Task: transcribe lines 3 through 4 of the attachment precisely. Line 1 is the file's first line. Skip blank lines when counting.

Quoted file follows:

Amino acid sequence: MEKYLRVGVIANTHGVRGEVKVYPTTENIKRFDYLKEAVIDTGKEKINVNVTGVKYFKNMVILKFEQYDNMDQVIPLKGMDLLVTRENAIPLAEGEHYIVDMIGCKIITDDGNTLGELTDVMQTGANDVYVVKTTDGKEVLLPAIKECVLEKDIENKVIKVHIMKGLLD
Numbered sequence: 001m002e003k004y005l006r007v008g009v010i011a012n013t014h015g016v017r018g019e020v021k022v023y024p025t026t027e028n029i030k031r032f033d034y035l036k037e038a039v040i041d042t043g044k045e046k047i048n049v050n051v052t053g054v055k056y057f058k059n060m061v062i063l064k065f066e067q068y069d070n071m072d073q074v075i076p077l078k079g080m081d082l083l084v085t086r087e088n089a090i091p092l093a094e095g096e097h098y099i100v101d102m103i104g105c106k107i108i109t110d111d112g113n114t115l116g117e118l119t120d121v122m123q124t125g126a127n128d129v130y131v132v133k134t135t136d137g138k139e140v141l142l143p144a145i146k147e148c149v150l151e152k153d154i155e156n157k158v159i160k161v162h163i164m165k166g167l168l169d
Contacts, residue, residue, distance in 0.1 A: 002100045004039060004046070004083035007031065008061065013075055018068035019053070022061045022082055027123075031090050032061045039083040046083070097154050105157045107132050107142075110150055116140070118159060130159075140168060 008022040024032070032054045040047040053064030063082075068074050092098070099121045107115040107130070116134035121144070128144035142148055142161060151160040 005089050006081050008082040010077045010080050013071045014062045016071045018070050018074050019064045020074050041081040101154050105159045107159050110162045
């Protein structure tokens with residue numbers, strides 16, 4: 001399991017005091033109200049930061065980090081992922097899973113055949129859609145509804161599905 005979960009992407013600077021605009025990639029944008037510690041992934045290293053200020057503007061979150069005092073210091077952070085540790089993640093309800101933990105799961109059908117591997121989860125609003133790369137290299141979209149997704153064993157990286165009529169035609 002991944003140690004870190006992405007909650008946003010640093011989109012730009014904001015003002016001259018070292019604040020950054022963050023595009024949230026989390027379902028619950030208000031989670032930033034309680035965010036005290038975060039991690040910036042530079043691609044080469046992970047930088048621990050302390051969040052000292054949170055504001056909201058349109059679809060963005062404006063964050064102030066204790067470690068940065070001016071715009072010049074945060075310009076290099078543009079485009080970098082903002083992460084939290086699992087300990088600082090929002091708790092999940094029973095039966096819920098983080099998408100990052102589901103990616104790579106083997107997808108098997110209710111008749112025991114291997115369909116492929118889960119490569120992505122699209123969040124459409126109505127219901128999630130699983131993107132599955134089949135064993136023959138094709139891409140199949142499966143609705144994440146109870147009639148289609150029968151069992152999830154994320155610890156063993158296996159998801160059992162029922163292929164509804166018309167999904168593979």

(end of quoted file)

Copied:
Contacts, residue, residue, distance in 0.1 A: 002100045004039060004046070004083035007031065008061065013075055018068035019053070022061045022082055027123075031090050032061045039083040046083070097154050105157045107132050107142075110150055116140070118159060130159075140168060 008022040024032070032054045040047040053064030063082075068074050092098070099121045107115040107130070116134035121144070128144035142148055142161060151160040 005089050006081050008082040010077045010080050013071045014062045016071045018070050018074050019064045020074050041081040101154050105159045107159050110162045
């Protein structure tokens with residue numbers, strides 16, 4: 001399991017005091033109200049930061065980090081992922097899973113055949129859609145509804161599905 005979960009992407013600077021605009025990639029944008037510690041992934045290293053200020057503007061979150069005092073210091077952070085540790089993640093309800101933990105799961109059908117591997121989860125609003133790369137290299141979209149997704153064993157990286165009529169035609 002991944003140690004870190006992405007909650008946003010640093011989109012730009014904001015003002016001259018070292019604040020950054022963050023595009024949230026989390027379902028619950030208000031989670032930033034309680035965010036005290038975060039991690040910036042530079043691609044080469046992970047930088048621990050302390051969040052000292054949170055504001056909201058349109059679809060963005062404006063964050064102030066204790067470690068940065070001016071715009072010049074945060075310009076290099078543009079485009080970098082903002083992460084939290086699992087300990088600082090929002091708790092999940094029973095039966096819920098983080099998408100990052102589901103990616104790579106083997107997808108098997110209710111008749112025991114291997115369909116492929118889960119490569120992505122699209123969040124459409126109505127219901128999630130699983131993107132599955134089949135064993136023959138094709139891409140199949142499966143609705144994440146109870147009639148289609150029968151069992152999830154994320155610890156063993158296996159998801160059992162029922163292929164509804166018309167999904168593979």